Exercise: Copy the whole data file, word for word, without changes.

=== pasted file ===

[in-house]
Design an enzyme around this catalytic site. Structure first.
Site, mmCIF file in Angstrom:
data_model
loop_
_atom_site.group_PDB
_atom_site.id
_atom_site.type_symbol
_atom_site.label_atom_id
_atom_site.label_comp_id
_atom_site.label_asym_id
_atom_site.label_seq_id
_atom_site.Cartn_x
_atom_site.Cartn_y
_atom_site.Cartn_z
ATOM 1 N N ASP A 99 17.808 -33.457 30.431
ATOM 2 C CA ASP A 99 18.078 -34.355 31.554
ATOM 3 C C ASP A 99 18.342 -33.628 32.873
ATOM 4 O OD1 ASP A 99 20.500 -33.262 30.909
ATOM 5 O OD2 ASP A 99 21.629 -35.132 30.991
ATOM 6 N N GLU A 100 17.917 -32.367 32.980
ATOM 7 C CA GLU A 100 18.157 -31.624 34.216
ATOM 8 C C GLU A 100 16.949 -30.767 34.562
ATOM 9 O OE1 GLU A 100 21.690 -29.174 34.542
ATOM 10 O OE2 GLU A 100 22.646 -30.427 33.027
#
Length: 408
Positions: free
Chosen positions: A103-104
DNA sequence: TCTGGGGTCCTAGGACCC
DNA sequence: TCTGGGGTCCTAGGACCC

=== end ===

[in-house]
Design an enzyme around this catalytic site. Structure first.
Site, mmCIF file in Angstrom:
data_model
loop_
_atom_site.group_PDB
_atom_site.id
_atom_site.type_symbol
_atom_site.label_atom_id
_atom_site.label_comp_id
_atom_site.label_asym_id
_atom_site.label_seq_id
_atom_site.Cartn_x
_atom_site.Cartn_y
_atom_site.Cartn_z
ATOM 1 N N ASP A 99 17.808 -33.457 30.431
ATOM 2 C CA ASP A 99 18.078 -34.355 31.554
ATOM 3 C C ASP A 99 18.342 -33.628 32.873
ATOM 4 O OD1 ASP A 99 20.500 -33.262 30.909
ATOM 5 O OD2 ASP A 99 21.629 -35.132 30.991
ATOM 6 N N GLU A 100 17.917 -32.367 32.980
ATOM 7 C CA GLU A 100 18.157 -31.624 34.216
ATOM 8 C C GLU A 100 16.949 -30.767 34.562
ATOM 9 O OE1 GLU A 100 21.690 -29.174 34.542
ATOM 10 O OE2 GLU A 100 22.646 -30.427 33.027
#
Length: 408
Positions: free
Chosen positions: A103-104
DNA sequence: TCTGGGGTCCTAGGACCC
DNA sequence: TCTGGGGTCCTAGGACCC